So it isn’t surprising that business leaders have offered some forceful condemnation of recent efforts by some Republicans to subvert the results of the presidential election.  Before January 6, the US Chamber of Commerce stated, “Efforts by some members of Congress to disregard certified election results in an effort to change the election outcome or to try a make a long-term political point undermines our democracy and the rule of law and will only result in further division across our nation.”  Other business leaders signed a statement to the same effect.

After the President of the United States incited an attack on Congress in hopes of overturning election results, the Business Roundtable stated that “elected officials’ perpetuation of the fiction of a fraudulent 2020 presidential election is not only reprehensible, but also a danger to our democracy, our society and our economy.”  The National Association of Manufacturers called for Vice Pence and the Cabinet to invoke the 25th Amendment and remove Trump from office, and the President of the American Petroleum Institute was quoted in the Washington Post saying that Trump was “unworthy of the office of being president.”

Beyond mere rhetoric, there’s been chatter about withholding campaign contributions from politicians who continue to provoke political instability.  According to a director of Merck and Morgan Stanley, “Respect for the rule of law underlies our market economy.”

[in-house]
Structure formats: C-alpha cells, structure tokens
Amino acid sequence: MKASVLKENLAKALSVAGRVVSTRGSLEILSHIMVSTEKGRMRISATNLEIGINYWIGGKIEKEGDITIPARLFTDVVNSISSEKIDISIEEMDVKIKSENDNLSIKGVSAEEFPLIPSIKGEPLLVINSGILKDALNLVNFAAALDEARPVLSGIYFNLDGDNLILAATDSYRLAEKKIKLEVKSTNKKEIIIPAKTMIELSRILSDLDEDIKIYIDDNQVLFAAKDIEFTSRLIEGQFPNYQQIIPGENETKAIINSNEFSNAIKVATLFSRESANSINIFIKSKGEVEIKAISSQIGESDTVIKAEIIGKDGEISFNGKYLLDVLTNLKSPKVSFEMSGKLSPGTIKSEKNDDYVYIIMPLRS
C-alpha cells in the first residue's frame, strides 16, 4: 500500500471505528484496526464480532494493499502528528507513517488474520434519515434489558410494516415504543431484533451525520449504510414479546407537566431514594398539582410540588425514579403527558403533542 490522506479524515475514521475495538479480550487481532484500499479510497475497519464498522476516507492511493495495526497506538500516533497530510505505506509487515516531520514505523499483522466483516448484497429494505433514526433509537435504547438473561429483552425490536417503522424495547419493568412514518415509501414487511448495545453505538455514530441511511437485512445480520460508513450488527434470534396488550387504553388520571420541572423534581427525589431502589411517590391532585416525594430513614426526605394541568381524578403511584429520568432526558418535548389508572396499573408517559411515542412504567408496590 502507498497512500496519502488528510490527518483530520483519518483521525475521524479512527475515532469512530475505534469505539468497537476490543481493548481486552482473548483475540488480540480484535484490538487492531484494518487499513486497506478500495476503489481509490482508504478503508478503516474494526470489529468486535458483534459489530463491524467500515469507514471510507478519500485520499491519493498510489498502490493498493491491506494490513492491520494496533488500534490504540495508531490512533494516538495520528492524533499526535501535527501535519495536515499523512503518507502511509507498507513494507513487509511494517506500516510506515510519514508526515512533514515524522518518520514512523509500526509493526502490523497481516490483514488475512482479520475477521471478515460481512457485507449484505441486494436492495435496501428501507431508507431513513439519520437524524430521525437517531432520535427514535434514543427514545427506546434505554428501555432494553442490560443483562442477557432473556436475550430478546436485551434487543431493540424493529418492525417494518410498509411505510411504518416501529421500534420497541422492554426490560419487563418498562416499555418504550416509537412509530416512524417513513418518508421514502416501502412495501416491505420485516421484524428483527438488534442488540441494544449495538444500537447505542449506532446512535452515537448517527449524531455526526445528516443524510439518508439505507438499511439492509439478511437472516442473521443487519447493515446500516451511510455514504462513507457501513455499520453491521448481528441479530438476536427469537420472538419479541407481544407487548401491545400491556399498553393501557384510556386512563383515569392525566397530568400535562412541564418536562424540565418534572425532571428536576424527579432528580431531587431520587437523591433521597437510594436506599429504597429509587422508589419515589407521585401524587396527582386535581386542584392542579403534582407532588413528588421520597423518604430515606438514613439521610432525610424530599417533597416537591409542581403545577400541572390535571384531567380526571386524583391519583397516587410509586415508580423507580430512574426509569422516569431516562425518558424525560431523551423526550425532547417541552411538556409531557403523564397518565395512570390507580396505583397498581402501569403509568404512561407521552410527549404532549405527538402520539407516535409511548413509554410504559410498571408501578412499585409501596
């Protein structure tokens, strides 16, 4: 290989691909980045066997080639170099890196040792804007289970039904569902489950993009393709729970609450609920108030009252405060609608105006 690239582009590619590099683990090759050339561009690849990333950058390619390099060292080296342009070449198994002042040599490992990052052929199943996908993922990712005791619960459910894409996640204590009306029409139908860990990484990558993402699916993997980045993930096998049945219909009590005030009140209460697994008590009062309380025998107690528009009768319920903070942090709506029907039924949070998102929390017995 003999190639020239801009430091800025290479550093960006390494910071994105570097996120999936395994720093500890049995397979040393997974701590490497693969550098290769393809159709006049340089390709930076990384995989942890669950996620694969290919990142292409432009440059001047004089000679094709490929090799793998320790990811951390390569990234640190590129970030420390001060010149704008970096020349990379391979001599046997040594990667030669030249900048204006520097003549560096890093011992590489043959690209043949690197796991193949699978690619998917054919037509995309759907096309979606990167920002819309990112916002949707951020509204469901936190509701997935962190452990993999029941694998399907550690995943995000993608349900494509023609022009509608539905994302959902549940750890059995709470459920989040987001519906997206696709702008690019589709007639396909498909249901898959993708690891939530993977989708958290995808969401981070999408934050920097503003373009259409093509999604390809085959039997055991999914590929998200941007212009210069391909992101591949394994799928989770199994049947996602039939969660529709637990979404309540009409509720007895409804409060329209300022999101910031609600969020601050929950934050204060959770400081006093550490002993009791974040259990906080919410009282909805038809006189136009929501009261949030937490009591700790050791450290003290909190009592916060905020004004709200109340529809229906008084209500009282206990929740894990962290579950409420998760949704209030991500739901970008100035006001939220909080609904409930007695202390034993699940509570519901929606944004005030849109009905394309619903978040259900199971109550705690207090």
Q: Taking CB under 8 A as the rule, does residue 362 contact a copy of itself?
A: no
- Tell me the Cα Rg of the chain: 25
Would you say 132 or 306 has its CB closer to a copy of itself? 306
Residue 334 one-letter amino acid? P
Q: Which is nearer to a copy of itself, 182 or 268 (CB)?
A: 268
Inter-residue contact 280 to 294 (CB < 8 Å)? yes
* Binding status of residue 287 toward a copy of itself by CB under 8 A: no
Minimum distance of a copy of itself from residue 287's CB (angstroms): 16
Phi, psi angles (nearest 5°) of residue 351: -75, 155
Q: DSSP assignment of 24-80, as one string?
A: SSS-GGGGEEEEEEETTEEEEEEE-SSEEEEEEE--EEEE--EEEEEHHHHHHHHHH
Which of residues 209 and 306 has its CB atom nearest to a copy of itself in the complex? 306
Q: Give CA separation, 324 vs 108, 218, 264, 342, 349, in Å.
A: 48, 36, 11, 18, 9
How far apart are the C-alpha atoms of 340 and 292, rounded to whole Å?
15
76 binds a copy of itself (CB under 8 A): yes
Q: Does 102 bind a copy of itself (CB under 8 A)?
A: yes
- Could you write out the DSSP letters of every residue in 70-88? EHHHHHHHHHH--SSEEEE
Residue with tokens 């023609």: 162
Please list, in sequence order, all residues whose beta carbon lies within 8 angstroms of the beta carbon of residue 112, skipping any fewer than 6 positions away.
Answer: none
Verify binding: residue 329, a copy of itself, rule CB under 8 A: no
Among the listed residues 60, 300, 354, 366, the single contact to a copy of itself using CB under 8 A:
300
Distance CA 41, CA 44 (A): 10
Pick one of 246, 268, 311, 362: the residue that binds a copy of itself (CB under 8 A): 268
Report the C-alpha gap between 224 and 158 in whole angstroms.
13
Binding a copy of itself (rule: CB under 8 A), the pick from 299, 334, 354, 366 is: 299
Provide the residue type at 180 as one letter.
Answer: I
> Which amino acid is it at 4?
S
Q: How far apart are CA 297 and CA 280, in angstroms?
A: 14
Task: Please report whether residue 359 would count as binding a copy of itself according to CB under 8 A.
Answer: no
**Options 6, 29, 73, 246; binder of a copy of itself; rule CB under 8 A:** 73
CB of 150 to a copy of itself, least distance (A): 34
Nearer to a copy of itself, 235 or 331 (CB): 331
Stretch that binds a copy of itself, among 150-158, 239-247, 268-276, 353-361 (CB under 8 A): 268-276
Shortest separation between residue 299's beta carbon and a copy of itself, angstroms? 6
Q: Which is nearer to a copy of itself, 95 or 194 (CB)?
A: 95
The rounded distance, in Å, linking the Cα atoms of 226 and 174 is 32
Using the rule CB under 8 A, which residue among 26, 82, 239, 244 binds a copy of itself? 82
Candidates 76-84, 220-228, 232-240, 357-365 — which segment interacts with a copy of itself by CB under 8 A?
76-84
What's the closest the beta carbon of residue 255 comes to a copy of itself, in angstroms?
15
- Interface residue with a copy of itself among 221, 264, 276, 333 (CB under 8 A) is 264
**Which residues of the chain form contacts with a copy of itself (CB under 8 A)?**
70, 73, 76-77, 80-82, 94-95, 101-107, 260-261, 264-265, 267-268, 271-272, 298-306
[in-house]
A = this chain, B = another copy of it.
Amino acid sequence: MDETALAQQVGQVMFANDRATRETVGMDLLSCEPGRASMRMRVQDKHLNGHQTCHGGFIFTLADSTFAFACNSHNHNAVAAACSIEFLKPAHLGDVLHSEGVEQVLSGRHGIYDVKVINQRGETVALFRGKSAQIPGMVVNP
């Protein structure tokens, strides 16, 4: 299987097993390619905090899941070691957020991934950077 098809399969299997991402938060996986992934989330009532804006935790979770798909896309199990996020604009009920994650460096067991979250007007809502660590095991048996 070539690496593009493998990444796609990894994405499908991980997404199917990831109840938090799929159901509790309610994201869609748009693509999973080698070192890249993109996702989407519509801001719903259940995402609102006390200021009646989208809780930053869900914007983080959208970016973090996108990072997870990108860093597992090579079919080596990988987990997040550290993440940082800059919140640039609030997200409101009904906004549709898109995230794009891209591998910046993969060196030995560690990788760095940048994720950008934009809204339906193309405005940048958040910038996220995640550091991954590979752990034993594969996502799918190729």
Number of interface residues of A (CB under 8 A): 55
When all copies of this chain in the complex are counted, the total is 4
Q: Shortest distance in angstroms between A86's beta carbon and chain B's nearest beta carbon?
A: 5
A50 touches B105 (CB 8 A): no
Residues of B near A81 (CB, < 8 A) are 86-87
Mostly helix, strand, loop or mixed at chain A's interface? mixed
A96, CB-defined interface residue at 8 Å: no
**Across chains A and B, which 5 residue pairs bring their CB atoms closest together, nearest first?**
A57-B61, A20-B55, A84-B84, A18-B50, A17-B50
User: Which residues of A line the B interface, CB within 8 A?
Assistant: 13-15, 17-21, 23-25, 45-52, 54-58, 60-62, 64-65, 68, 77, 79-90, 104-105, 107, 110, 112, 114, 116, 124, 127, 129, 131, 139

To be sure, there is some question as to how committed business leaders will remain to this stance.  Business leaders have supported Trump throughout his presidency, distancing themselves during controversies only to re-embrace him when he cut taxes or regulations

In a time when we debate whether corporations suffer from a “short-term” bias, trading social stability for favorable regulatory treatment may the ultimate expression of short-term thinking. Or, as David Gelles wrote in the New York Times, “[M]oney has a short memory.”

Meanwhile, Axe Body Spray would simply like to be removed from this narrative.

Ann Lipton | Permalink


When I look at what has occurred in the last 30 years through the prism of dystopian fiction (Rollerball and Atlas Shrugged) and various documentaries, e.g., The Social Dilemma and Can You Take a Joke, one may wonder. Commerce will survive government but government cannot survive without commerce.

Posted by: Tom N. | Jan 9, 2021 6:53:24 AM

Elite graduates of elite institutions, like Messrs. Cruz and Hawley, can manipulate abstract concepts with the best of them but showed that they were totally unprincipled. They seemed to have learned nothing but excessive ambition. The country was saved by the conscientious public servants who are usually ignored but who kept their heads down, did their work, and saved a country and democracy. This was a close thing and democracy was saved by people who are often ignored, as well as a few judges. The rule of law truly is rooted in norms and habits of mind of decent people, as Tom Bingham was fond of noting.

Posted by: Charles Hamilton | Jan 9, 2021 11:11:24 AM